On the whole, Wyoming and Google have for years maintained a fairly close and strong relationship on a number of levels. And it’s a relationship that could grow even tighter in the future.

In 2011, Wyoming became the first state to do a government-wide rollout of Google Apps, as Gov. Matt Mead’s office worked with the company to move more than 10,000 state employees to Google’s cloud-based e-mail and productivity suite. At the time, Mead said the new tools would enable improved communication and collaboration, and provide better storage capacity and cyber-security protection.

“And what it’s ultimately going to do is provide the state of Wyoming — that is, our public employees, my office, every state and public employee — the opportunity to do our job better, because we now have a better tool,” Mead said.

Several other states — including Colorado and Maryland — as well as numerous county and municipal governments across the country have since followed Wyoming’s lead.

Google has also been an active force in advertising and promoting Wyoming businesses through its “Let’s Put Our Cities on the Map” initiative, which looks to help local firms and nonprofits increase their online presence. The program works to get local business information on Google’ s search and maps functions and currently boasts more than 9,300 Wyoming-related listings.

Google could also eventually have a more direct economic impact on Wyoming, as the Cowboy State offers some unique properties that could make it an ideal location for potential Google data center — an idea that’s even currently being outed on the Wyoming Business Council website — much like Microsoft’s Cheyenne data center, which recently underwent a $200 million facility upgrade.

Another area where Google’s ties to Wyoming could potentially strengthen in the future is in renewable energy. As a the nation’s number-one individual consumer of renewables, Google —which has committed to being powered 100 percent by “green” energy sources — could eventually become a major player in Wyoming wind power. Google already has 16 renewable energy purchase commitments worldwide (11 of them in the U.S.) and direct investments totaling $2.5 billion in 22 wind and solar projects, both foreign and domestic. While most of its commitments and project investments in the U.S. are in the states of California, Oklahoma and Texas, if the company’s recent dramatic growth continues on track, Wyoming power contracts and project investments could definitely be part of Google’s future.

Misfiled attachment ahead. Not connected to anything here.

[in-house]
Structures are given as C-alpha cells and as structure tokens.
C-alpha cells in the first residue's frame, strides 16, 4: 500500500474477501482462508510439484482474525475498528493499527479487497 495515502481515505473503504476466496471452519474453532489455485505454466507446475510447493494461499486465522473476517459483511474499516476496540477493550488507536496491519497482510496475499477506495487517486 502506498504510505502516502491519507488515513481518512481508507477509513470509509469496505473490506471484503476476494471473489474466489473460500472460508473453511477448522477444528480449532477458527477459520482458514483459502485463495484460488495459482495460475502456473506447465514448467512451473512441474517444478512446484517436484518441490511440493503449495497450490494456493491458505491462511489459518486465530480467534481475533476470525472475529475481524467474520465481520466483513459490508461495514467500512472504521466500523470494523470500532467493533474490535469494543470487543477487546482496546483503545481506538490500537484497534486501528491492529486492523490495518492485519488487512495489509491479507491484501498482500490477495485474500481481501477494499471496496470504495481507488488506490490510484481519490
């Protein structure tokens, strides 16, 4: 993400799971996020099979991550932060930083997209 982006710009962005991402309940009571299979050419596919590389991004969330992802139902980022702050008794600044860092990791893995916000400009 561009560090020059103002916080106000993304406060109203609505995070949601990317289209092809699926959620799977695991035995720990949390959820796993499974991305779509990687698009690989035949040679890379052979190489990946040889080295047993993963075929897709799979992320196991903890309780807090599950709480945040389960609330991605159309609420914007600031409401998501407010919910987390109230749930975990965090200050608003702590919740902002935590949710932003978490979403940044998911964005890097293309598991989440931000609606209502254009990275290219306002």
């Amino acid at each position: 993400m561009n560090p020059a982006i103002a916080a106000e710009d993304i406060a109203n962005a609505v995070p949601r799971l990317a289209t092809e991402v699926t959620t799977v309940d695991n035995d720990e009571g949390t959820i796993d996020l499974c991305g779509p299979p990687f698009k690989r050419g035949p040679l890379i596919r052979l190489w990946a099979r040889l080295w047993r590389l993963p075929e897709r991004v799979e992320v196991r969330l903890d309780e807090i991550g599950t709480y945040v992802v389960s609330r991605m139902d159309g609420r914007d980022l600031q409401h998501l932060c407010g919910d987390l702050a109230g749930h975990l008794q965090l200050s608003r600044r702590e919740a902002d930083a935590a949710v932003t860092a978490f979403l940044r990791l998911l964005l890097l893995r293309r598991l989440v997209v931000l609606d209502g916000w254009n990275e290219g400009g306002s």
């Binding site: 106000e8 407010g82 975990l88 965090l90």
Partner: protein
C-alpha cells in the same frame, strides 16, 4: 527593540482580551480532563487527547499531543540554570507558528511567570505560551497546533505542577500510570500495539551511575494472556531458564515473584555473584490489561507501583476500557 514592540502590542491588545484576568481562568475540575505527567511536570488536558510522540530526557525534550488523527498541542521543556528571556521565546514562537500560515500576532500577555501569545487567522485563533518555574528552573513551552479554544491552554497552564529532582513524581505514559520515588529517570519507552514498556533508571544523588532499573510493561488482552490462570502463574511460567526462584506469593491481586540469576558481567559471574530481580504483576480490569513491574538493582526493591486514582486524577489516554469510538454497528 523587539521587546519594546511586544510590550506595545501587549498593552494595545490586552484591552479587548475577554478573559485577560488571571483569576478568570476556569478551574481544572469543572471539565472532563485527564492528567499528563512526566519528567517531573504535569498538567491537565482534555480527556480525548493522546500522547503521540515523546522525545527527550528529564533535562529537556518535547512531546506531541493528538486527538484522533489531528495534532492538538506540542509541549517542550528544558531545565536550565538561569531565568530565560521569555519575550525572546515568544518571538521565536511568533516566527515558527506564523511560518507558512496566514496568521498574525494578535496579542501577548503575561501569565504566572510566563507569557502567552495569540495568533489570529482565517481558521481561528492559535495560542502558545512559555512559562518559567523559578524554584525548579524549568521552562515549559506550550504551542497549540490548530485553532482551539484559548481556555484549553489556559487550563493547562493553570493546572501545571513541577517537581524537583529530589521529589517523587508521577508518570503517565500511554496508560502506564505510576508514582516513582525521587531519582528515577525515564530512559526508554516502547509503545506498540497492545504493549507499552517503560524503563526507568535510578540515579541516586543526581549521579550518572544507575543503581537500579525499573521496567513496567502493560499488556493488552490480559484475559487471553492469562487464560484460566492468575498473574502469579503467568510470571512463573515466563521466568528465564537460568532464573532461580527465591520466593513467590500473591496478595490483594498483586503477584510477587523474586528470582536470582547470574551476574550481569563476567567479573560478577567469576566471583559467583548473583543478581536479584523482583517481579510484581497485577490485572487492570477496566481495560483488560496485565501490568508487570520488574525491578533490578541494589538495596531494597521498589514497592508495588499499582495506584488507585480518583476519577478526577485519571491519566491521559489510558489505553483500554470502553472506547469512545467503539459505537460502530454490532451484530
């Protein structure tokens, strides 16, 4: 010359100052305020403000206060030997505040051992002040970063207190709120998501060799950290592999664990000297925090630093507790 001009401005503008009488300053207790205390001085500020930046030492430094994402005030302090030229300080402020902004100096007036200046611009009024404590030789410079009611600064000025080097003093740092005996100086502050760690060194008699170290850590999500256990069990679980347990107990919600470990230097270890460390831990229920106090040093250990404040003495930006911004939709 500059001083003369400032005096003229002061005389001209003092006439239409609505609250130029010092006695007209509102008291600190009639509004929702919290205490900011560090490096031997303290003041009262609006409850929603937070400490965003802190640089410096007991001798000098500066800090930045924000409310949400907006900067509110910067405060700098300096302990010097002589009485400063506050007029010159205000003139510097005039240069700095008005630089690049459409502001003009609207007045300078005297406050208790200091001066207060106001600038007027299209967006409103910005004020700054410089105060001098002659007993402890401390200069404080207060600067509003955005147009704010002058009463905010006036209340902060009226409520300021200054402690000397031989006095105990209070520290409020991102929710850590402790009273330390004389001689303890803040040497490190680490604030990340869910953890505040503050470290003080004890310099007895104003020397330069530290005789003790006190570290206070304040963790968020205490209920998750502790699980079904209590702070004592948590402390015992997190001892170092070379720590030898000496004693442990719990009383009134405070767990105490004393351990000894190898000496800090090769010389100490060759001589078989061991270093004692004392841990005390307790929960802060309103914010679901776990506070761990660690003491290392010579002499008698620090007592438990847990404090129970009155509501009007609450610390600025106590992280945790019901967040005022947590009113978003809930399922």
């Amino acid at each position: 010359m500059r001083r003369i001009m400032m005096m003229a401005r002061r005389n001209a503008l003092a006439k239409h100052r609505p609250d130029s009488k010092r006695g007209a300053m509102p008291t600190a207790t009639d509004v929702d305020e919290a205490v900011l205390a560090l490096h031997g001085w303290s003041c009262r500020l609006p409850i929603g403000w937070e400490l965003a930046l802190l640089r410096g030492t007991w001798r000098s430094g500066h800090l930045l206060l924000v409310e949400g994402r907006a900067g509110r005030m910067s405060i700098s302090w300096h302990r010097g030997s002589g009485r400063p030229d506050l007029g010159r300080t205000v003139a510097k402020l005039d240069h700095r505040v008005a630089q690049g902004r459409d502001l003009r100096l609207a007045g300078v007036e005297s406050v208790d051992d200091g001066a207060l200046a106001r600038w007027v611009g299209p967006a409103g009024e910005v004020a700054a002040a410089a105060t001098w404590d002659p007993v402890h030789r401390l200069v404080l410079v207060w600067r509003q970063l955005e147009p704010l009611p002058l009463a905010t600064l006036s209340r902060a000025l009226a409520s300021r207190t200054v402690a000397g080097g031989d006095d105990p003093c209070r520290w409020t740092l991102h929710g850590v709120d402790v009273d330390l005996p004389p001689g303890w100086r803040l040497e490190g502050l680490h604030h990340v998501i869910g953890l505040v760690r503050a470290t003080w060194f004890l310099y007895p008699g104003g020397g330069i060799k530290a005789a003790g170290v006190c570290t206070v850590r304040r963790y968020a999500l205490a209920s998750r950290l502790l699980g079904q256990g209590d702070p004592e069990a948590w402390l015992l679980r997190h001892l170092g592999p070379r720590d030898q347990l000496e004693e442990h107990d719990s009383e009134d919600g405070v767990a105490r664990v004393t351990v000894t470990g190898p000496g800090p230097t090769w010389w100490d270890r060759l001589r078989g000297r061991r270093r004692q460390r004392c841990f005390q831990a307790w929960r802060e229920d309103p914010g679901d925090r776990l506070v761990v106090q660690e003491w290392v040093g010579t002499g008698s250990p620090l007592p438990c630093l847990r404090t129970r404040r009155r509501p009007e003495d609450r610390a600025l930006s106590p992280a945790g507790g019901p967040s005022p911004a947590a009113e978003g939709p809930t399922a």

In Wyoming, Microsoft has already invested around a billion dollars in data centers. Shawn Reese, the director of the Wyoming Business Council, hopes that’s just the beginning.

“We want Microsoft to continue to grow here and, frankly, we want their competitors here in the State of Wyoming, as well,” Shawn Reese, the CEO of the Wyoming Business Council, said in an interview with Rocky Mountain PBS last week.

But while Wyoming has vast renewable energy potential (both wind and solar), only a relatively small amount of it (and of that, almost exclusively wind power) has been developed, so far. Many companies say the state’s laws and business climate are a challenge when it comes to directly investing in renewable energy — Wyoming is the only state to tax wind energy production, and sate legislators have recently broached the idea of raising that tax in the light of a budget crunch brought on by a downturn in the state’s fossil fuel production — and the state’s utilities also don’t offer renewable tariffs for companies.

“The markets are changing, the technologies are changing and the state’s got to keep up with those,” Reese said.